Human trafficking advocates worry about the number of unreported cases in Alabama
HUNTSVILLE, Ala. (WAFF) - In the month now recognized as National Human Trafficking Prevention Month investigators with the West Alabama Human Trafficking Task Force arrested 15 people connected to prostitution, drugs and human trafficking.
North Alabama Human Trafficking Task Force Chair Pat McCay explains that what victims of human trafficking face is a hard thing to bounce back from.
“Severe, severe trauma. It’s pretty significant counseling and therapy that they have to go through to just get back to a normalcy that they can live with,” McCay said.
McCay says the worst part is that human trafficking typically happens right under our noses. Human trafficking involves the use of force, fraud or coercion to lure people into some type of labor or commercial sex act.
The Department of Homeland Security calls the crime a form of “modern-day slavery” and McCay says she could not agree more.
“They’re forced to have many different intimate relationships during a one-day period, that is not normal. And that is modern-day slavery,” she said.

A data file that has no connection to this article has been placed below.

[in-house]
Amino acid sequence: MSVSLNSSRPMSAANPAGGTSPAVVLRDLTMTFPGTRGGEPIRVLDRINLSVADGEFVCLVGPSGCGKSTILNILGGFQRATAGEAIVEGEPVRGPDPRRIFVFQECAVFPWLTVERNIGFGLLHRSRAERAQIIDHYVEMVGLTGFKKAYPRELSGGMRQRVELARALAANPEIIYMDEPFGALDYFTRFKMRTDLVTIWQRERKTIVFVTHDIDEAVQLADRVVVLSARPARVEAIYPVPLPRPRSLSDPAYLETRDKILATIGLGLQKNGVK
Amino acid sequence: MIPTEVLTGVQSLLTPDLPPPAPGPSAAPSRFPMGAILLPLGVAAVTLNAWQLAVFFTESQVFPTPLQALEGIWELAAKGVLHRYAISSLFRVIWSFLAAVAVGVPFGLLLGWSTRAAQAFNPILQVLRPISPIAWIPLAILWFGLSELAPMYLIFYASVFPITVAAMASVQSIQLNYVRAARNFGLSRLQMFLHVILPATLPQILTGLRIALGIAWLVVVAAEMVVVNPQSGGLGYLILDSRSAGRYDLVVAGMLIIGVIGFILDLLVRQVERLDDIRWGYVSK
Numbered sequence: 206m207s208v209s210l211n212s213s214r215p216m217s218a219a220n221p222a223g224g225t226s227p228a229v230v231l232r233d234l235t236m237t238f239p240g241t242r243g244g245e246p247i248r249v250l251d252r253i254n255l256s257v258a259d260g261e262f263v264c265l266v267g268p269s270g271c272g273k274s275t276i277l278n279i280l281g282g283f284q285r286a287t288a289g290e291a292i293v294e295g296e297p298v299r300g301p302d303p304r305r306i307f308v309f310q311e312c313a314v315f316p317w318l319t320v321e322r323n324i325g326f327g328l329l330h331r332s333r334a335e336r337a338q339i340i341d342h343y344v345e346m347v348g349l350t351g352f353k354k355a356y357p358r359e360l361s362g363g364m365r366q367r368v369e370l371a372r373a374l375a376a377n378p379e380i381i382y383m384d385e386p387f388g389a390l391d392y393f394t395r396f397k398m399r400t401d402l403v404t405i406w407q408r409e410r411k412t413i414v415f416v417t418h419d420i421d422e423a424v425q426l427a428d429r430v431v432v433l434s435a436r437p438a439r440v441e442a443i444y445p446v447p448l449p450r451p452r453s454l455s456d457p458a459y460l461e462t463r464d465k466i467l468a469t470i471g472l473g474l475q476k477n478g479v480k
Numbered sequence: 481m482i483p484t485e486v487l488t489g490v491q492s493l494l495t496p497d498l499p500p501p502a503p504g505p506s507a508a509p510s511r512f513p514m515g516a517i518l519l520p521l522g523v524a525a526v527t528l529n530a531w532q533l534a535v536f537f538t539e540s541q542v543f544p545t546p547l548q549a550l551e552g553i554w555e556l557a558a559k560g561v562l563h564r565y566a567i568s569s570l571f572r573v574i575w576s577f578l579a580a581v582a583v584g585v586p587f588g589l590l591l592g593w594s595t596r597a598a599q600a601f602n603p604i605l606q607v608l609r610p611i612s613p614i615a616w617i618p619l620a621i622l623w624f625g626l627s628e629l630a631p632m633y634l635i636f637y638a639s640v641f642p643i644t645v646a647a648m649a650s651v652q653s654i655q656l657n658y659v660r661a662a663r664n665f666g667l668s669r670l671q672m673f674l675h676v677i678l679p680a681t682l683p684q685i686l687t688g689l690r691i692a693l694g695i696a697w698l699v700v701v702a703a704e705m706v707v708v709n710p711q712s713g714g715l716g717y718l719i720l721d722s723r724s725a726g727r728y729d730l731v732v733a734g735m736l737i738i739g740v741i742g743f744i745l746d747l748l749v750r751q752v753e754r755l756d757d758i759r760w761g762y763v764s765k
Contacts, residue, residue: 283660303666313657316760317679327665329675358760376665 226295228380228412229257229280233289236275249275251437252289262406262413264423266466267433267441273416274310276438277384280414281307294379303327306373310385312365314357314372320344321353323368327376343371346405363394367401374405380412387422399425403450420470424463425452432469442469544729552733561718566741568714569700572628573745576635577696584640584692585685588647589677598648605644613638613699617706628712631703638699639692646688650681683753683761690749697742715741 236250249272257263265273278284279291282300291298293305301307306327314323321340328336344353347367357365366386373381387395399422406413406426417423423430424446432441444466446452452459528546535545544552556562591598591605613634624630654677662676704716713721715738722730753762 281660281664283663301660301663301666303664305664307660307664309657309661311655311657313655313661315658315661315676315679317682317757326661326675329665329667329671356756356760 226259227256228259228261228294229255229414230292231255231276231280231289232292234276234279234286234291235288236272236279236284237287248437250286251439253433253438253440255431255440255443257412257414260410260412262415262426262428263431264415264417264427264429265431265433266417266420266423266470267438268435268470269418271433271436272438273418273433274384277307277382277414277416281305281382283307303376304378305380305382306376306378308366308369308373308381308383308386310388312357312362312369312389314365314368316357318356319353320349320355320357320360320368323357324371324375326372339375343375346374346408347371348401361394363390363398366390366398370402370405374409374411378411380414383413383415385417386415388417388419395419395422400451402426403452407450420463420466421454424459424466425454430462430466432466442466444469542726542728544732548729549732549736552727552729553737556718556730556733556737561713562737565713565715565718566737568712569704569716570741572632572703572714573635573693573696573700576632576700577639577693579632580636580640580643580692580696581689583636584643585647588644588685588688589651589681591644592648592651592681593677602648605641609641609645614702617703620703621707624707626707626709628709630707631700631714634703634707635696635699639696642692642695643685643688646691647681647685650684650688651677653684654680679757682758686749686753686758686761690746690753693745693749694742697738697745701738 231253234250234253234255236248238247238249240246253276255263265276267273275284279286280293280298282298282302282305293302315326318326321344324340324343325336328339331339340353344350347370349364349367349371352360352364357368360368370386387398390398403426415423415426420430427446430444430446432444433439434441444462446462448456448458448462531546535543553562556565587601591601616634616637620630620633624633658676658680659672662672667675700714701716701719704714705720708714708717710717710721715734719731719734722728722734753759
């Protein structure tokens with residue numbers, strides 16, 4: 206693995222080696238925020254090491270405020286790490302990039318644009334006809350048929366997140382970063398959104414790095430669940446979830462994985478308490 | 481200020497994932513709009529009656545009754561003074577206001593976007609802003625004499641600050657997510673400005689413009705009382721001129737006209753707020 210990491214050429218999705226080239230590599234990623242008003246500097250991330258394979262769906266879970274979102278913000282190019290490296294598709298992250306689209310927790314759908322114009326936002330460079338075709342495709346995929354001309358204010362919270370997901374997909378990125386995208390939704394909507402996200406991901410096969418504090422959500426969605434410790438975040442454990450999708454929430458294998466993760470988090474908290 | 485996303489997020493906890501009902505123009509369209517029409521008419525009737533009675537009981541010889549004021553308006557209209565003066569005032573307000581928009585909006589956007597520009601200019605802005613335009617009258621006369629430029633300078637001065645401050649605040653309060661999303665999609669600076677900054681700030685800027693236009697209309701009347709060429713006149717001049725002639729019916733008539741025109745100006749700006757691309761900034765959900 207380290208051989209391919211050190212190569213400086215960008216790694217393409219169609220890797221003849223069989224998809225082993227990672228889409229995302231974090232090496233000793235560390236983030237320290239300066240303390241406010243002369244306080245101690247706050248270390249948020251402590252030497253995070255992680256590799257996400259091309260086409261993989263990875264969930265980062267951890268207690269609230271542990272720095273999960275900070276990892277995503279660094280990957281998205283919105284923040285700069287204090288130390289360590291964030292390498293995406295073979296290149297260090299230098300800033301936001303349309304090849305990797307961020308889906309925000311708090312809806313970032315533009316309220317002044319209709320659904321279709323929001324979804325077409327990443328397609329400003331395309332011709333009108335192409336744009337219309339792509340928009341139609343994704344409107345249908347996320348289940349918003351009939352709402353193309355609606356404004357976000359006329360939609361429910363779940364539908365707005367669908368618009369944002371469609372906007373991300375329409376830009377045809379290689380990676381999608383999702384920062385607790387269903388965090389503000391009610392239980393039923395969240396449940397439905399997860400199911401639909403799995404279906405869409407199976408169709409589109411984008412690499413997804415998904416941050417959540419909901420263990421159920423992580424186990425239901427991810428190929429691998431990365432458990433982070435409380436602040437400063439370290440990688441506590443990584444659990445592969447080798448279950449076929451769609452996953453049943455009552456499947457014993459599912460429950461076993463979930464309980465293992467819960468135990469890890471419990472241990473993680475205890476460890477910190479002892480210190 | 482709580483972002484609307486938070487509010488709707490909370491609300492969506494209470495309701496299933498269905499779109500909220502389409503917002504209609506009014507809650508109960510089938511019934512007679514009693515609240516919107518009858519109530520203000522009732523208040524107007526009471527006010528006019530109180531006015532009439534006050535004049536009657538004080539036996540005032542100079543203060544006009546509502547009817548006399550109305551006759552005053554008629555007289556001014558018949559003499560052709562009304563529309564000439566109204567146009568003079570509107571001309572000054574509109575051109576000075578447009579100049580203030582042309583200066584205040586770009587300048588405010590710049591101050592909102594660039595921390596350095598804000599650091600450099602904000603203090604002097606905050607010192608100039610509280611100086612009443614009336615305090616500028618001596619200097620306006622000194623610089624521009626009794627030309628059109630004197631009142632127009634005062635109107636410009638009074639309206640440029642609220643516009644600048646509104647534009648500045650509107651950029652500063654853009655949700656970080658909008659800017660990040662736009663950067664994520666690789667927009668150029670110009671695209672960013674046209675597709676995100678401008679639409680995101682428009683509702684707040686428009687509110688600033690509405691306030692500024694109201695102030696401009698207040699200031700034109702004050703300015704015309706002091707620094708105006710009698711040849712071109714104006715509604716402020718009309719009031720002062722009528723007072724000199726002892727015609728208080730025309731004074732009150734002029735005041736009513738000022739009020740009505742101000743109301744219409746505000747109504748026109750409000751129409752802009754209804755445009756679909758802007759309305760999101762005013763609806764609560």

The Development Director at The WellHouse in Birmingham, which is a statewide shelter for sex trafficking victims, says victims of human trafficking tend to have something in common.
“Adverse childhood experiences,” said Leah Sanderson. “These can look like sexual assault at a young age, it can look like neglect in the home, it can look like homelessness or being in the foster care system at a young age. All of these things can contribute to vulnerability to being trafficked.”
Madison County Chief Deputy District Attorney Tim Gann says they do not see human trafficking cases very often. Huntsville Police Department representatives said they are not experiencing human trafficking cases here in our area.
According to McCay, that does not mean it is not happening. She further explains that there was a recent uptick in Alabama during the pandemic.
“We know that during COVID, that the occurrence of that happened in an increased number,” McCay said. “People lost their jobs, they needed rent money, they are doing drugs, they need drug money. That is some of the impetus if you will, behind the trafficking of their own family members.”
The silver lining is that the problem does not seem to be so bad in Madison County. However, both experts said they are worried about all of the cases that go unreported.
Both leaders at The WellHouse and the North Alabama Human Trafficking Task Force will be at the Alabama Human Trafficking Summit in Montgomery on Jan. 26 and January 27.
If you or anyone you know is the victim of human trafficking, call the national hotline at: 1-888-373-7888.
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